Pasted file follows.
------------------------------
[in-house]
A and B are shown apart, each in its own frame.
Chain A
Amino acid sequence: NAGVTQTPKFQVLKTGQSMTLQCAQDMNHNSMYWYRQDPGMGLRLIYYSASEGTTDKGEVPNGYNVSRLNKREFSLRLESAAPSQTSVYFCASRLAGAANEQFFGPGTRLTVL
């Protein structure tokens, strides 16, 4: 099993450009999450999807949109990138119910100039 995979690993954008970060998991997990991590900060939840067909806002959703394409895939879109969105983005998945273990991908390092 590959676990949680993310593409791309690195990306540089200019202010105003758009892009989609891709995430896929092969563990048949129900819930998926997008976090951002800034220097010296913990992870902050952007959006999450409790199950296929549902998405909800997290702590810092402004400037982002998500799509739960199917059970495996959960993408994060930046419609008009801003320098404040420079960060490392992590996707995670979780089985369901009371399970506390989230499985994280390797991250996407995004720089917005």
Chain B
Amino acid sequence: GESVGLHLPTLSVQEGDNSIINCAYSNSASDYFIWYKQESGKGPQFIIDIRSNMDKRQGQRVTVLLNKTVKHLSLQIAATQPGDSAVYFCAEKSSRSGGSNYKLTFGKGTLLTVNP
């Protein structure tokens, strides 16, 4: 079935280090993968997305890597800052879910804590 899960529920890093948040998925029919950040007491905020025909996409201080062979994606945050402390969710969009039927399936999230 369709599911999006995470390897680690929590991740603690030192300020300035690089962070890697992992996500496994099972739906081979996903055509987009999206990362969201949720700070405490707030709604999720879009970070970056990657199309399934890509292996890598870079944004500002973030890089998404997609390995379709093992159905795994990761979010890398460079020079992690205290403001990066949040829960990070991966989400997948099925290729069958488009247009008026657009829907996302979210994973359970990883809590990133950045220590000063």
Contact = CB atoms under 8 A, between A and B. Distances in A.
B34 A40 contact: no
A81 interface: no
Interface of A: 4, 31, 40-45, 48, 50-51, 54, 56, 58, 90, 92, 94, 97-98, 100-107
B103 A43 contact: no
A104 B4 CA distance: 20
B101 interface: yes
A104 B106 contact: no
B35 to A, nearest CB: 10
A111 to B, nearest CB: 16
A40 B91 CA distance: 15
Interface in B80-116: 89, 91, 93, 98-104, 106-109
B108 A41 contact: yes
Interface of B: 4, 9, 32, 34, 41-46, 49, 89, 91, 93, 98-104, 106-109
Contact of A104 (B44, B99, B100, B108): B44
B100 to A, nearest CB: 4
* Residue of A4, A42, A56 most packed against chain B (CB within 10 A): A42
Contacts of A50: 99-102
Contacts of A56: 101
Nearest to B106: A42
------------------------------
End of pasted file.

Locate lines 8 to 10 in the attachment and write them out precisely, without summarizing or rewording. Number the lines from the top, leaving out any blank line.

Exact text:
């Protein structure tokens, strides 16, 4: 079935280090993968997305890597800052879910804590 899960529920890093948040998925029919950040007491905020025909996409201080062979994606945050402390969710969009039927399936999230 369709599911999006995470390897680690929590991740603690030192300020300035690089962070890697992992996500496994099972739906081979996903055509987009999206990362969201949720700070405490707030709604999720879009970070970056990657199309399934890509292996890598870079944004500002973030890089998404997609390995379709093992159905795994990761979010890398460079020079992690205290403001990066949040829960990070991966989400997948099925290729069958488009247009008026657009829907996302979210994973359970990883809590990133950045220590000063």
Contact = CB atoms under 8 A, between A and B. Distances in A.
B34 A40 contact: no